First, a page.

Your hunting cabin is your and your family’s escape from reality for a few days. It offers the perfect spot for you to celebrate a successful day. On days when your luck wasn’t quite there, it provides refuge for you to rest up and prepare for the next day’s expedition.
Unfortunately, your job and other real-life responsibilities will eventually beckon you back to your permanent residence. And when you can’t stay in your hunting cabin, you should take every measure possible to keep it safe. Both the weather and intruders can pose risks to your cabin’s structure and safety.
Read on to learn 4 ways to protect your second home when you’re away.
Does your hunting cabin have a leaky roof or broken siding? According to Metal Roofing Fort Collins, don’t wait until you return to address minor repairs; fix them on the day before you leave. When left unaddressed, these issues can cause some serious damage down the line.
If you’re good with a tool belt, you may be able to take on minor repairs on your own. However, for large-scale repairs, you may need to enlist the help of experts.
When you take care of these minor repairs before heading home for the season, you won’t return to water-logged furniture, unsightly mold growth, or roof damage.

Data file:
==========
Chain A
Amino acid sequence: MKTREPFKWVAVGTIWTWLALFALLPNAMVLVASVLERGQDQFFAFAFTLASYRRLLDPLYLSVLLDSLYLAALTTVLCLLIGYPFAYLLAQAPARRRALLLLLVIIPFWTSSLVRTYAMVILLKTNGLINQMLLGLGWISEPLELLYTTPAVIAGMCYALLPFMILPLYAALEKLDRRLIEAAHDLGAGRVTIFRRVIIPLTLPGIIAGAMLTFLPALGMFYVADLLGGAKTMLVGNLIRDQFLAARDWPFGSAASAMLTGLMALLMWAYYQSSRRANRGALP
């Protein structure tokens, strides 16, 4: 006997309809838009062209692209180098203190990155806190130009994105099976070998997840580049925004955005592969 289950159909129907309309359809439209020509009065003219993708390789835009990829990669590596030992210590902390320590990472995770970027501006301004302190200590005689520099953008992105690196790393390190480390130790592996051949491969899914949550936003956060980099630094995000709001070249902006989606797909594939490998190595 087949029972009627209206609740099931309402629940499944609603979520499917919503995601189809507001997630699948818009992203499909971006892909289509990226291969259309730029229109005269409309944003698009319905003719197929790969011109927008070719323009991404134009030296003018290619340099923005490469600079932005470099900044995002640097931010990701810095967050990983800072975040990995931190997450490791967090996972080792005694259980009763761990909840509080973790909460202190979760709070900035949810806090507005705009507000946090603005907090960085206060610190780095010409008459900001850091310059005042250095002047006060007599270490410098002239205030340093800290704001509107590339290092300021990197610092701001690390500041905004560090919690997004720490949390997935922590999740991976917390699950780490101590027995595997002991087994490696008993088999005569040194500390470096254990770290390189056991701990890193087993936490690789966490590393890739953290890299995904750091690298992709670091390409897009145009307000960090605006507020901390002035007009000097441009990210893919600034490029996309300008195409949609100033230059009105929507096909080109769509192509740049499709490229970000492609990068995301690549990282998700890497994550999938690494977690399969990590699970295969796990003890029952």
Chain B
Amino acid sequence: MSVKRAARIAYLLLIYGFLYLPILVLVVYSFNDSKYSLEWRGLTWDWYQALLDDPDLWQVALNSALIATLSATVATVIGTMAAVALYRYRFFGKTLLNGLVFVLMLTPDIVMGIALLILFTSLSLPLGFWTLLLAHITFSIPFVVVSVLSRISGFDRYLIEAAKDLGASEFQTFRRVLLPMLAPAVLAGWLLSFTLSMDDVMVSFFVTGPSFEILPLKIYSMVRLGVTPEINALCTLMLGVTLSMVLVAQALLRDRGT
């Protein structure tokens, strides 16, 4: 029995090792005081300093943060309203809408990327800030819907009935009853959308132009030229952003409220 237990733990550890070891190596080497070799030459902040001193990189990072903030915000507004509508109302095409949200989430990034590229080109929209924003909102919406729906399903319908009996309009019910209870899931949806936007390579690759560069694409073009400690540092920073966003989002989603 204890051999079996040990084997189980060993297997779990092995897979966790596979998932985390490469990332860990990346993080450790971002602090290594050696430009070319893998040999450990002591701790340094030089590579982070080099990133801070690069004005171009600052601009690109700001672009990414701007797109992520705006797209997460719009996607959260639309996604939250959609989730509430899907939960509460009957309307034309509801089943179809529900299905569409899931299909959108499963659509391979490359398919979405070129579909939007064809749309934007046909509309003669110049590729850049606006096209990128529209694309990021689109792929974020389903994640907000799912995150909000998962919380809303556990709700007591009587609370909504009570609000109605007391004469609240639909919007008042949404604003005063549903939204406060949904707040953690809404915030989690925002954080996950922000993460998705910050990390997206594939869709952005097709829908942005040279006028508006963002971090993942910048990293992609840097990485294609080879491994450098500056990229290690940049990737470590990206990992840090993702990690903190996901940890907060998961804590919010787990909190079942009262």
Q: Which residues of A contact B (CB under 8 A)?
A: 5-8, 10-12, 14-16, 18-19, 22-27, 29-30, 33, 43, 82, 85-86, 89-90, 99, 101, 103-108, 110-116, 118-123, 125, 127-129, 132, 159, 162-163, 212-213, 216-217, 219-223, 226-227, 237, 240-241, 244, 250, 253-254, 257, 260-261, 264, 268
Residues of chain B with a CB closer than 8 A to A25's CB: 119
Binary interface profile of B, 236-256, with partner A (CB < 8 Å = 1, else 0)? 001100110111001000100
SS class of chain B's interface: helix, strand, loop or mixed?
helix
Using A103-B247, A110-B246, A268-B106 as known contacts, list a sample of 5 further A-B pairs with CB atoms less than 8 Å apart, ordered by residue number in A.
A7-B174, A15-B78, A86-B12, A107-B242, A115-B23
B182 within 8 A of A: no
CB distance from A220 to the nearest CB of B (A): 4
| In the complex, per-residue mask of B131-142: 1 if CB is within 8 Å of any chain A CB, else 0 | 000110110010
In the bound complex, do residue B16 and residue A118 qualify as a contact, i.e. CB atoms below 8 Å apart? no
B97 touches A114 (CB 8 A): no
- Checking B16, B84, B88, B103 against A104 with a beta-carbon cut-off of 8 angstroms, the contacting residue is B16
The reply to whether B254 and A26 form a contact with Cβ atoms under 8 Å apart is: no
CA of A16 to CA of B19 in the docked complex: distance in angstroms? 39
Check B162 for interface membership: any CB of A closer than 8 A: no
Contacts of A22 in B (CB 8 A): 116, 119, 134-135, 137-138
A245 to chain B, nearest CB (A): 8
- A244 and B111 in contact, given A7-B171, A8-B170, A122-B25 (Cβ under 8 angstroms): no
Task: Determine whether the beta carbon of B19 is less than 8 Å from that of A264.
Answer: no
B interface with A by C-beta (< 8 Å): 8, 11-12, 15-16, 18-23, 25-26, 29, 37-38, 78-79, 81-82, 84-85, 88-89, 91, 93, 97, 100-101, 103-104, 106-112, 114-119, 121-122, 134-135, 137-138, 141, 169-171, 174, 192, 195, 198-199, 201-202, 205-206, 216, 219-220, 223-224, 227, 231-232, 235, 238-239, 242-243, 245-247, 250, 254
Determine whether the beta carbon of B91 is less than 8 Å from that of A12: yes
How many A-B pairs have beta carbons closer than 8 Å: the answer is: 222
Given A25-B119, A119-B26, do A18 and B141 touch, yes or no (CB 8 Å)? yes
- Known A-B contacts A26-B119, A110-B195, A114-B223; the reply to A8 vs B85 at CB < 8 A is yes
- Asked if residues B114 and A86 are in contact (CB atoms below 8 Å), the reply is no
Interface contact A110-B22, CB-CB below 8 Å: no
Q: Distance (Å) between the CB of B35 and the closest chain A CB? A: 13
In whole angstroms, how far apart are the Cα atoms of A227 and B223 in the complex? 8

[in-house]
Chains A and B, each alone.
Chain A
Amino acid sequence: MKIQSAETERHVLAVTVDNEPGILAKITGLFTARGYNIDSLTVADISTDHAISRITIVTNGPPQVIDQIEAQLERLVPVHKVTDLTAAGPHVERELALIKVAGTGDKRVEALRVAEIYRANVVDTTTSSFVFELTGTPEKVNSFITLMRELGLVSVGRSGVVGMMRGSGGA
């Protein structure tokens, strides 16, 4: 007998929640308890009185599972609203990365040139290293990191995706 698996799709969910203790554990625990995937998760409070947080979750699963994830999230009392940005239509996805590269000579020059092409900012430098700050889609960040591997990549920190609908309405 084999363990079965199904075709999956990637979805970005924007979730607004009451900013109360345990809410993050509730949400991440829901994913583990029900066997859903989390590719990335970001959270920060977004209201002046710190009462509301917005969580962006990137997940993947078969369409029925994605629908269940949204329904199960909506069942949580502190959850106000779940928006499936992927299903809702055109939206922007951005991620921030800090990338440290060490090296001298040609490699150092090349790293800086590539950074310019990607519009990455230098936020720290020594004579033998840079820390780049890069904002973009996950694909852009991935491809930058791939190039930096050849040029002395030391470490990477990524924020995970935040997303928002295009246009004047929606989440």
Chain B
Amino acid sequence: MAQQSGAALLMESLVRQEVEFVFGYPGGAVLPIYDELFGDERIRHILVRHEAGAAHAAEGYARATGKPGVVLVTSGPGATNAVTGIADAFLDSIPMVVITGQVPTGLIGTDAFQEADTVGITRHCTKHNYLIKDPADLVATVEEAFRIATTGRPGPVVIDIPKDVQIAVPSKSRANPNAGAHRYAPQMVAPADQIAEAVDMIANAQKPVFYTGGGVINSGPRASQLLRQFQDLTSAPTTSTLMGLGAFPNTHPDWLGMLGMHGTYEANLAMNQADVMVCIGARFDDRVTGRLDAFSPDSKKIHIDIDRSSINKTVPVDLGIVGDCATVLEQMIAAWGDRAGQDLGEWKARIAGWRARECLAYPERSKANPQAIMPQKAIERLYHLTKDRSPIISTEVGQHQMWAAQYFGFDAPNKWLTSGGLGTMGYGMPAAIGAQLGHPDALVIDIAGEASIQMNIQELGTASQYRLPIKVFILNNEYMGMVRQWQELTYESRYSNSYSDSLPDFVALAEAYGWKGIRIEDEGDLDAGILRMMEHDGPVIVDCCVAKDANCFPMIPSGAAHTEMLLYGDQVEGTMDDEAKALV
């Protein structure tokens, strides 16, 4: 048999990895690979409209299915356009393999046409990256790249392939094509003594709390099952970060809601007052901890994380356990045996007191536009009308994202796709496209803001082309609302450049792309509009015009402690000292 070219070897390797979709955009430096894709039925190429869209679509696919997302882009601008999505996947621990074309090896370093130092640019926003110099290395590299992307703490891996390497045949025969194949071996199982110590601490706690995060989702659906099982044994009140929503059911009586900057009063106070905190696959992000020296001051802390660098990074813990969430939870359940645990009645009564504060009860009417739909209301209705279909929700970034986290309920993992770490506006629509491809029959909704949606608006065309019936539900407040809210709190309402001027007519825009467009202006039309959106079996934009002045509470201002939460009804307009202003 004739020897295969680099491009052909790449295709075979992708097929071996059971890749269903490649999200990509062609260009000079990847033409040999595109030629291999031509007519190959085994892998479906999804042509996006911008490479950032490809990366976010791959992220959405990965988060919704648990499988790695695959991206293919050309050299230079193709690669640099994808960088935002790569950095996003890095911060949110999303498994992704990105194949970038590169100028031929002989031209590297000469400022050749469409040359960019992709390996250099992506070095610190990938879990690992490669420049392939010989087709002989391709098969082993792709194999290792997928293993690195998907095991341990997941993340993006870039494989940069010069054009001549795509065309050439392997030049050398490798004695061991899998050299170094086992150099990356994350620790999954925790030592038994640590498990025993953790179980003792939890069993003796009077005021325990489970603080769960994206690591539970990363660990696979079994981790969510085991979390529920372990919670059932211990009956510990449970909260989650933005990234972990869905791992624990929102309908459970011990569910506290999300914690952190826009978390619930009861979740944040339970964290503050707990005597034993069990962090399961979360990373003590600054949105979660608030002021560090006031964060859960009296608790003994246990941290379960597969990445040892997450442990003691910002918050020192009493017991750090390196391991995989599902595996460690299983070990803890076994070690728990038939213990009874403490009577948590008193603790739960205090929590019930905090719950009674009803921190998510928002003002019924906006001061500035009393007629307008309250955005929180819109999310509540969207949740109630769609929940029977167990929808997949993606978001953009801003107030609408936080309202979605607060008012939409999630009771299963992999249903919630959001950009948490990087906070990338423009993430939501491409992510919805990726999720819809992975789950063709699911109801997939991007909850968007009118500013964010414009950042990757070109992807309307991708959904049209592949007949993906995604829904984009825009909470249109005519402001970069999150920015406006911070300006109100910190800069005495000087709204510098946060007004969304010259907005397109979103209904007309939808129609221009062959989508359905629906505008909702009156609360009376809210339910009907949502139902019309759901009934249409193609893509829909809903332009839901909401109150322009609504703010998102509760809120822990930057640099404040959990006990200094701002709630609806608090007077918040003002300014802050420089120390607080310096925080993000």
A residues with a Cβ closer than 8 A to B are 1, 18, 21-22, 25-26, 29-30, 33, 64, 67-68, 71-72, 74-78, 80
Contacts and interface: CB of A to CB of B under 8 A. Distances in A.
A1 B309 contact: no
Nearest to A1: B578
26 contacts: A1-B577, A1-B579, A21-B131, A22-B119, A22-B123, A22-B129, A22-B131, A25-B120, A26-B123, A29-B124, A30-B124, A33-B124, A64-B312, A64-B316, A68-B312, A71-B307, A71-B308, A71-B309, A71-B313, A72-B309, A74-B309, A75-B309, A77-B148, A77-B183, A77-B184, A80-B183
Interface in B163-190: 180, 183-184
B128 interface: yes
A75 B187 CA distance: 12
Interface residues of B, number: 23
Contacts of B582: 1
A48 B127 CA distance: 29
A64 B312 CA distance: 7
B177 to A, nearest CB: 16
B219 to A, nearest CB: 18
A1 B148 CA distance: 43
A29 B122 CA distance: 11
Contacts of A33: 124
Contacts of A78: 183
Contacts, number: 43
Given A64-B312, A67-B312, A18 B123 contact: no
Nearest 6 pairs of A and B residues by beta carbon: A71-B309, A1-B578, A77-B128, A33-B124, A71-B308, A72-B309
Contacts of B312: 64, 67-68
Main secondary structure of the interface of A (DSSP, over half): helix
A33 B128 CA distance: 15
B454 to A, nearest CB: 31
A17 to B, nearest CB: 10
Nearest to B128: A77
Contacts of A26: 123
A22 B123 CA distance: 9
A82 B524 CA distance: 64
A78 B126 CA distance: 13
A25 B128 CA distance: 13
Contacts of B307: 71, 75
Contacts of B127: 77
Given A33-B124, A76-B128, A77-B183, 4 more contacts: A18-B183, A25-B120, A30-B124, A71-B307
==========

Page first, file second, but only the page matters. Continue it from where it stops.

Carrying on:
You can’t take everything home with you, and you likely won’t want to. Storing alcohol, guns, cash, and expensive electronics in your cabin is practical — you’ll have easy access to these beloved items once you return.
With that being said, you should move all these items out of sight before you leave for a long period. Put the liquor away in your liquor cabinet, keep your cash in a safe under your bed, and tuck electronics away in your master closet.
If it’s not possible to completely locate bulky, expensive items, invest in opaque curtains or blinds. This way, you won’t be giving potential thieves anything to look at.
Not everyone has their hunting cabin as their second home. Whether they’re retired or simply nature enthusiasts, your neighbors may live in their adjacent cabins permanently.
If you’re comfortable with and trust your cabin neighbors, ask them to check in on your home while you’re gone. Have them turn on the lights at night, and allow them to park their vehicles in your lot. These small actions can be quite convincing to a watchful thief. If a potential bandit believes your cabin is occupied, they’ll be much less likely to carry out their heist.
Feel free to get creative with it. If it’s wintertime, ask your neighbor to walk around the property after the snow has fallen occasionally. If intruders see fresh tracks, they’ll likely look elsewhere for an unoccupied target.
Intruders love doing crime under blankets of darkness. Take this sense of safety away from them by installing motion-sensor floodlights at your property’s entry points. If a thief is unexpectedly hit by a bright light, their first instinct will be to flee. They don’t want to perform their heist under a spotlight, so motion-sensor floodlights are an excellent security measure to implement.
Your hunting cabin might be your family’s home away from home, but it’s not completely safe when you’re away. The natural elements or people with ill intentions may have different plans in mind.
Follow these 4 tips to improve your hunting cabin’s security before you head back home.